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  December 24, 2017

The Navajo Nation's Water Crisis

Nearly 40 percent of residents on the Navajo Reservation still do not have running water in their homes

By Michael Sainato

The Navajo Nation encompasses over 27,000 square miles, in areas throughout Arizona, New Mexico, and Utah. Its size would make it the 10th largest state in the country, yet residents on the reservation are still treated like second class citizens. Nearly 40 percent of Navajo Nation members have no access to running water in their homes.

Many Navajo members are forced to travel long distances on rough roads to stock up on water at stores or spend up to several hours waiting in lines at watering holes, especially during the summer months. Several families still depend on melted snow in some areas for water to complete basic home tasks.

“Everybody thinks that every Native American tribe in the US receives a Pell Grant or something from the casino,” said Annie Begay, Field Coordinator for DigDeep’s Navajo Water Project said in an interview with the Real News Network. She grew up on the Navajo Nation without access to clean running water. “People don't know about the lack of the water here, because everybody just assumes that we have every utility that we need to live comfortably, while in reality, we really don't.”

The Navajo Nation is a predominantly rural area where water infrastructure is estimated to cost $70,000 per resident. These costs are due to the remote areas many people live in, the rocky terrain that makes excavation costly, and that fact that many local water resources have either been polluted by practices such as uranium mining or are exploited to provide water to other communities outside the reservation.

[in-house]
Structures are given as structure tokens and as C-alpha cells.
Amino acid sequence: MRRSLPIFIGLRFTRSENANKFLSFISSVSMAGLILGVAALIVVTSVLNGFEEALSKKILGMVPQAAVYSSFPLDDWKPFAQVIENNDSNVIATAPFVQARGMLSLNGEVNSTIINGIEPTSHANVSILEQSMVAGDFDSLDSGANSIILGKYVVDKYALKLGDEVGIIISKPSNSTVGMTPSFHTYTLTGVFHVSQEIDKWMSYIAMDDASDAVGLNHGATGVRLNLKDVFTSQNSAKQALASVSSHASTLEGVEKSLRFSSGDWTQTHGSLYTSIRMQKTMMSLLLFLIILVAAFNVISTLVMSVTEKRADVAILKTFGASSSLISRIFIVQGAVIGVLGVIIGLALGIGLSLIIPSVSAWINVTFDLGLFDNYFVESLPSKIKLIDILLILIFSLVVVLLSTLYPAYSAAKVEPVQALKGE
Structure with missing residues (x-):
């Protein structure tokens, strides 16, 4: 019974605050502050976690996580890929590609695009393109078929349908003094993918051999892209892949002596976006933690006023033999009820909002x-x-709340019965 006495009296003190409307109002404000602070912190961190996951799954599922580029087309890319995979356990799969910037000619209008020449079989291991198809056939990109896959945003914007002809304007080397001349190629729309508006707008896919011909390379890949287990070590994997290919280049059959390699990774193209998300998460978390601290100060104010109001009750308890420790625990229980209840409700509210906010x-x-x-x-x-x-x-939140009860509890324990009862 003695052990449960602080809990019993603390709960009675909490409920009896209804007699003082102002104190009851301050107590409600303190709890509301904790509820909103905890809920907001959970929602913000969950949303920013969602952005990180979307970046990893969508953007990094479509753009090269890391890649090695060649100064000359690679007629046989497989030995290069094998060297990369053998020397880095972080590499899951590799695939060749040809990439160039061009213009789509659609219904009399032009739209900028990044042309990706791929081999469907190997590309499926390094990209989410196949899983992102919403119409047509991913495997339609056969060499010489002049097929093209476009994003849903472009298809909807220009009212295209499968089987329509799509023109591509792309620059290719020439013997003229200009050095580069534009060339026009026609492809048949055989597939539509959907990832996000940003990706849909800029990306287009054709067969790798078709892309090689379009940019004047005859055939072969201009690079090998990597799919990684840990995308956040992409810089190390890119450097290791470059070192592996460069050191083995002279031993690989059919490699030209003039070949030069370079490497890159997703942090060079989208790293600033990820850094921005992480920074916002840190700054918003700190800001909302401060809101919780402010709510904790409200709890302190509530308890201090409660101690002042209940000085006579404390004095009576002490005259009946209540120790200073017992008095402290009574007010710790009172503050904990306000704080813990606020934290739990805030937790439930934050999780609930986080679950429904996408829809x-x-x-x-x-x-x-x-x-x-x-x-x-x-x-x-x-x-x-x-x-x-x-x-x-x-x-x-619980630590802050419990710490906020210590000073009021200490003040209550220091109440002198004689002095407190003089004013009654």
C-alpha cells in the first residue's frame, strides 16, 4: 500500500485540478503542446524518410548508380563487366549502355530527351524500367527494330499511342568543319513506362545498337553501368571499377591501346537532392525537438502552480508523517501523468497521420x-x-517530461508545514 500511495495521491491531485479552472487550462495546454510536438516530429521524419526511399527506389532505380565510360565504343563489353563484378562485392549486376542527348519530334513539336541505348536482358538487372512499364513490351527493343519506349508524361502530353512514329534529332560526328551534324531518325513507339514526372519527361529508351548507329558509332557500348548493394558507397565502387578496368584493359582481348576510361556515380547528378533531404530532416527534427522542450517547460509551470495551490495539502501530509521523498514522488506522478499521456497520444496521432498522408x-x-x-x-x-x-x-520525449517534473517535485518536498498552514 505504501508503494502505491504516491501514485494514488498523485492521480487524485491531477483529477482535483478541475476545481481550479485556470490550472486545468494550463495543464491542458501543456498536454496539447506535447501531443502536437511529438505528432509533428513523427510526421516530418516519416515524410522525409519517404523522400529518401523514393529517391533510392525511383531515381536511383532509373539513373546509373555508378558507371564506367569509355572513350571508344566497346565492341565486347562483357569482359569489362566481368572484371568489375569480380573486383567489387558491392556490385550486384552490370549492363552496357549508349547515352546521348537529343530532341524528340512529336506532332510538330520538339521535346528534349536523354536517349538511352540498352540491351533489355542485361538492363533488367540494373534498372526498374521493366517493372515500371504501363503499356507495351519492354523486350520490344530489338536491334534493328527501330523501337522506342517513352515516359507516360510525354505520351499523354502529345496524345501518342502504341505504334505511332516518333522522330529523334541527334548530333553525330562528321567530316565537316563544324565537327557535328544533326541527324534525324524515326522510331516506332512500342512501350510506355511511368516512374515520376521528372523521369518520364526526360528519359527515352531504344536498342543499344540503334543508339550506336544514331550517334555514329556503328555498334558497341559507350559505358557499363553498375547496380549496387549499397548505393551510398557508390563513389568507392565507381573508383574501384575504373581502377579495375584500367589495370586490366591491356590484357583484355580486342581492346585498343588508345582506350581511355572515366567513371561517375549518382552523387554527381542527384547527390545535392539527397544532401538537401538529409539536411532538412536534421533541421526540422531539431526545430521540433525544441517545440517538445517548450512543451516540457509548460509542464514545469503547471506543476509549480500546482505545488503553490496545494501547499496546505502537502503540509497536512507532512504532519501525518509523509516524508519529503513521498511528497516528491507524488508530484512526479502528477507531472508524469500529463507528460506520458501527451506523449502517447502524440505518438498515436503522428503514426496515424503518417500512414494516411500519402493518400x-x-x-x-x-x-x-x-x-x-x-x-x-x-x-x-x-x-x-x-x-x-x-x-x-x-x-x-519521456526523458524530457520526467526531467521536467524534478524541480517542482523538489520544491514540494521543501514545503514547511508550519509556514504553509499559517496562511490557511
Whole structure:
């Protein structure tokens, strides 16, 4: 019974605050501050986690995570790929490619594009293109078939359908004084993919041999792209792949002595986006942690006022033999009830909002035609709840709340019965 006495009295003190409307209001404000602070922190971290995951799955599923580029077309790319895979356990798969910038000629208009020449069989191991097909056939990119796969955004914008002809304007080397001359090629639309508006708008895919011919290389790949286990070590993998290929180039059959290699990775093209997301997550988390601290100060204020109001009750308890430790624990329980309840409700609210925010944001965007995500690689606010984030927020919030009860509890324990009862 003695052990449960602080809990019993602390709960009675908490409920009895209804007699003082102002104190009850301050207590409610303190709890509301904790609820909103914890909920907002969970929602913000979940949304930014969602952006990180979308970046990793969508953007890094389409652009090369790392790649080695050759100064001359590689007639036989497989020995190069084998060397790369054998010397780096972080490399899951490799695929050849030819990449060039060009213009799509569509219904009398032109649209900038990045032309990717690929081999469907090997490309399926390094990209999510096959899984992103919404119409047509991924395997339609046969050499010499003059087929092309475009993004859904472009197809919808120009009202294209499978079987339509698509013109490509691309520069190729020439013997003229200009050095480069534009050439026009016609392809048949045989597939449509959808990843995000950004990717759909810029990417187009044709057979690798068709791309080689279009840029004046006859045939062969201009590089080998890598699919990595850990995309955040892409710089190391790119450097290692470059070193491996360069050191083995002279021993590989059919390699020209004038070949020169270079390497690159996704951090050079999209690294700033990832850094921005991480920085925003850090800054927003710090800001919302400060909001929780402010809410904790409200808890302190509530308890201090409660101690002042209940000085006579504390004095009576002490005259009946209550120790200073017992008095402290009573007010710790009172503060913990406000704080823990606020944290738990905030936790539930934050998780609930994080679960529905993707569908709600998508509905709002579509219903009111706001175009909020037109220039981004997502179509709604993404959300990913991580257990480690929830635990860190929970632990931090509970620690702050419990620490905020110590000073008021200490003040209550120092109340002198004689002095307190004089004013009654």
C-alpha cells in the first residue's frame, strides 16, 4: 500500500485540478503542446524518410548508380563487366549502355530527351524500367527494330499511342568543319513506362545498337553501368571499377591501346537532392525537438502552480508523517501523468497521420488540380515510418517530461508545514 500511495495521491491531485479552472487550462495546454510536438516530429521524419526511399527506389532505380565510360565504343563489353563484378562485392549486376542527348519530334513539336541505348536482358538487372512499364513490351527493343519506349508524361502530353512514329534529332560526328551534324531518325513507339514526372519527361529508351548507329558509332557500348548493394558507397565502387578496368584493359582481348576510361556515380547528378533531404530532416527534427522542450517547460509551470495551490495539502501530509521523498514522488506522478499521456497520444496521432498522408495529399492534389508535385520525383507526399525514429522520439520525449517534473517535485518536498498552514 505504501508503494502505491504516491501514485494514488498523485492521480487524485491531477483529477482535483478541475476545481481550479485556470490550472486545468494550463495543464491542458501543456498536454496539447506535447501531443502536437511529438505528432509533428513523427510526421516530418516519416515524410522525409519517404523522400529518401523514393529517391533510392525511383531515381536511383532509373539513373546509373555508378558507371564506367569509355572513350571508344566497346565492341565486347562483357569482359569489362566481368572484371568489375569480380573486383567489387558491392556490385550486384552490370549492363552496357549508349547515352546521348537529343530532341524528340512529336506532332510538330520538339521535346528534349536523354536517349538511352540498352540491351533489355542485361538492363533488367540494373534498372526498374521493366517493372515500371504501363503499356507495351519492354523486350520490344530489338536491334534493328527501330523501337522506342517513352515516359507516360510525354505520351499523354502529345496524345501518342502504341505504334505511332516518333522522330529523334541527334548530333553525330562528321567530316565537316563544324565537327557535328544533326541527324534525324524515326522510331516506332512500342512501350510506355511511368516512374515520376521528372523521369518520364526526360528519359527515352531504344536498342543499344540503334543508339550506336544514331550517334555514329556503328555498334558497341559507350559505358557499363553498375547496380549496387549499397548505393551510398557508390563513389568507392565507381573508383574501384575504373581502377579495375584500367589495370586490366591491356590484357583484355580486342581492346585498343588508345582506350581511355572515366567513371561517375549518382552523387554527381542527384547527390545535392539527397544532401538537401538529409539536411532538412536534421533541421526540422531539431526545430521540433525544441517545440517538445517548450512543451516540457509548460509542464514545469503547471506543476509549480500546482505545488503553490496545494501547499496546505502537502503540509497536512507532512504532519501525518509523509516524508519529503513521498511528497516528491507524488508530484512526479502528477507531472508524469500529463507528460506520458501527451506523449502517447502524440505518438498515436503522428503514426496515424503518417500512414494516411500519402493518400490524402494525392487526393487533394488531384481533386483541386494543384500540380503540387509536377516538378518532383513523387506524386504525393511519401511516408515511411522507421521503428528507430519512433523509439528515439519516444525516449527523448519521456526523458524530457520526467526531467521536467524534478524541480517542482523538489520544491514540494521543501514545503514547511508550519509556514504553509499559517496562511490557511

Between 1944 to 1986, roughly 4 million tons of uranium were extracted from the Navajo Nation by mining companies. The impacts of the pollution still linger, as many Navajo Nation residents have died of kidney failure, cancer, and uranium has been recorded in newborn babies. Over the past decade, the EPA has forced mining companies to haul away large amounts of mine waste, but the contaminants still remain the region, especially in the water supply. Several of the abandoned mines continue to seep pollution into the area, including in water sources unregulated in accordance with the Safe Drinking Water Act. The number of unregulated water sources are estimated by the EPA to be in the low thousands on the Navajo Nation, yet despite often containing uranium and other pollutants, they are still used due to the lack of access to clean running water sources on the reservation.

“There was no information or education to the families that live within the area. The mining companies just came in. They got the uranium, and nobody really knew the effects of it or how it would contaminate our water sources,” Begay said. The United States Government, Anadarko Petroleum and other mining companies have paid over $1 billion dollars in settlements to the Navajo Nation since 2014 to cleanup abandoned mines and uranium pollution. The Navajo Nation is still in litigation with the EPA for compensation from damages caused the the EPA’s Gold King Mine spill in 2015 that polluted rivers flowing into the Navajo Nation.

As the Navajo Nation pushes for mining companies and the federal government to conduct cleanups and provide compensation for damages from decades of pollution from mining, the non profit Navajo Water Project, founded in 2013, has focused on developing water infrastructure for residents on the Navajo Nation, and facilitating clean water access while that infrastructure is developed.

“The strategy right now is getting home water systems installed into these homes that don't have access to clean running water or don't have access to have a water pipe coming off of the main utility line into their home,” Begay added. “It's always in the back of their mind to conserve  water that they need for those who don’t have access to clean running water. In the winter, some water sources freeze, so many people have to resort to a round trip of 60 miles to go into town to get gallons of water from the store, or if possible, another filling station. It creates a lot of problems”

Photo by Robert Alexander/Getty Images




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